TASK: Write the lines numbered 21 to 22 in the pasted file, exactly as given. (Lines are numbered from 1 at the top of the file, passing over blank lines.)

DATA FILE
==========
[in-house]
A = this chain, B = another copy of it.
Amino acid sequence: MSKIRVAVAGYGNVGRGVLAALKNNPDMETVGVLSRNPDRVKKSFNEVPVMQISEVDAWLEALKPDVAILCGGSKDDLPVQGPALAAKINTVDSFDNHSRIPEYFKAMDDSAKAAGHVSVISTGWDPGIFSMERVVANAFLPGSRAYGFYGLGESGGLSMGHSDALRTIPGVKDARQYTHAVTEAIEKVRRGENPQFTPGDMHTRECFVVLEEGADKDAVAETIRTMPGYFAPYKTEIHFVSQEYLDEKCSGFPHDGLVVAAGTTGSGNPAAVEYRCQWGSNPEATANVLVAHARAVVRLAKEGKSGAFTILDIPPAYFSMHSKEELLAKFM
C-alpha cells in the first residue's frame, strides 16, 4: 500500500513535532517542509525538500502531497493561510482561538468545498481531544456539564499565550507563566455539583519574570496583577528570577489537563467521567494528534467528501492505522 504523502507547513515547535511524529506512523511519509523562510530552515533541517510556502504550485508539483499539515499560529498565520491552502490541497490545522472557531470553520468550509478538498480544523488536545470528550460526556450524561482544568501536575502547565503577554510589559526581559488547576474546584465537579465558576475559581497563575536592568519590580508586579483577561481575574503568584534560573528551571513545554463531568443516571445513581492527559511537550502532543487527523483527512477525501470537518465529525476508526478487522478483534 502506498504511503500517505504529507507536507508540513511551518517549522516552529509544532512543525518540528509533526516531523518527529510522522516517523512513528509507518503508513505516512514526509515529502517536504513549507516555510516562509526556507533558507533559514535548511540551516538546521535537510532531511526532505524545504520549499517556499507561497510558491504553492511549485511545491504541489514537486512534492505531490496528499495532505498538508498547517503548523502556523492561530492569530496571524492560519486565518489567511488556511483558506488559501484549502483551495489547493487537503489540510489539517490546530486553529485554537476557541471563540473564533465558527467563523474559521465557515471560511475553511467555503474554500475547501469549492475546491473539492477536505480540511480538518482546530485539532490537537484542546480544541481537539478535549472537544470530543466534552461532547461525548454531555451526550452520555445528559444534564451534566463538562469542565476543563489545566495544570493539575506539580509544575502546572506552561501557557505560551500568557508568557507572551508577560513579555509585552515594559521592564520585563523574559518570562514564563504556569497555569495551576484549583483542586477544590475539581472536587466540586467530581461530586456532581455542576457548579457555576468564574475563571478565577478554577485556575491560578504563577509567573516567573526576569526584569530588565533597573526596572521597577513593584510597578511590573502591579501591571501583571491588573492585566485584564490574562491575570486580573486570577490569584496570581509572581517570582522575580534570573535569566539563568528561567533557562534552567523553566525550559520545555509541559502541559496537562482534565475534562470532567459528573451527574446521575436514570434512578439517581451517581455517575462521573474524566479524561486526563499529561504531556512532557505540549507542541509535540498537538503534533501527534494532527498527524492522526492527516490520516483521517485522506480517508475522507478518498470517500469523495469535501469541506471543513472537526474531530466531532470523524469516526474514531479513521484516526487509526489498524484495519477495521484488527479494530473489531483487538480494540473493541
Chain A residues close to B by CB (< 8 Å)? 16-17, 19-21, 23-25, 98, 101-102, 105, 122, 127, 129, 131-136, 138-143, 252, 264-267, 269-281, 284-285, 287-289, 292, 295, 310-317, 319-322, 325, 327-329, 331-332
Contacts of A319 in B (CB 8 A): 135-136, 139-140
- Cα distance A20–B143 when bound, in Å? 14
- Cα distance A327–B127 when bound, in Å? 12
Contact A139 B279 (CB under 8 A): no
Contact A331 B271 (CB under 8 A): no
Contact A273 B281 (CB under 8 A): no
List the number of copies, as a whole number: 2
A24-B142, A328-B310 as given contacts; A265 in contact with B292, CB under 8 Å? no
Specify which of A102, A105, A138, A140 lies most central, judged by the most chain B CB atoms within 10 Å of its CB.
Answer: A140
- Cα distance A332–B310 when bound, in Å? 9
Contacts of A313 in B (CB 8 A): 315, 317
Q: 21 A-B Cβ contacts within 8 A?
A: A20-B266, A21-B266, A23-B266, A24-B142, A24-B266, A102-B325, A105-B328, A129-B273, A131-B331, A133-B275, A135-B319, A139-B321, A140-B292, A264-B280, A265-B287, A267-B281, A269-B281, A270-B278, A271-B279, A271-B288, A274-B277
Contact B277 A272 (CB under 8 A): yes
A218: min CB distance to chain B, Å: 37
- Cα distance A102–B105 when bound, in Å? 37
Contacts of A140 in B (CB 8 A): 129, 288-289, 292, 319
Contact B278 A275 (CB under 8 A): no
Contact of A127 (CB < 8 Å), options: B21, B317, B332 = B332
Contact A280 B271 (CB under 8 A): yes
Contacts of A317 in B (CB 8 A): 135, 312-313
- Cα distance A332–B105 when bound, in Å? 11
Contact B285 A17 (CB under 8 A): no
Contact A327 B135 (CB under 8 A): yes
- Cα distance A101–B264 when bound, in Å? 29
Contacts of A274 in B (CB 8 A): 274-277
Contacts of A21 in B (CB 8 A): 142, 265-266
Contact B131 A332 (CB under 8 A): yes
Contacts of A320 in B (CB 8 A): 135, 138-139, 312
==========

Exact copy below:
A218: min CB distance to chain B, Å: 37
- Cα distance A102–B105 when bound, in Å? 37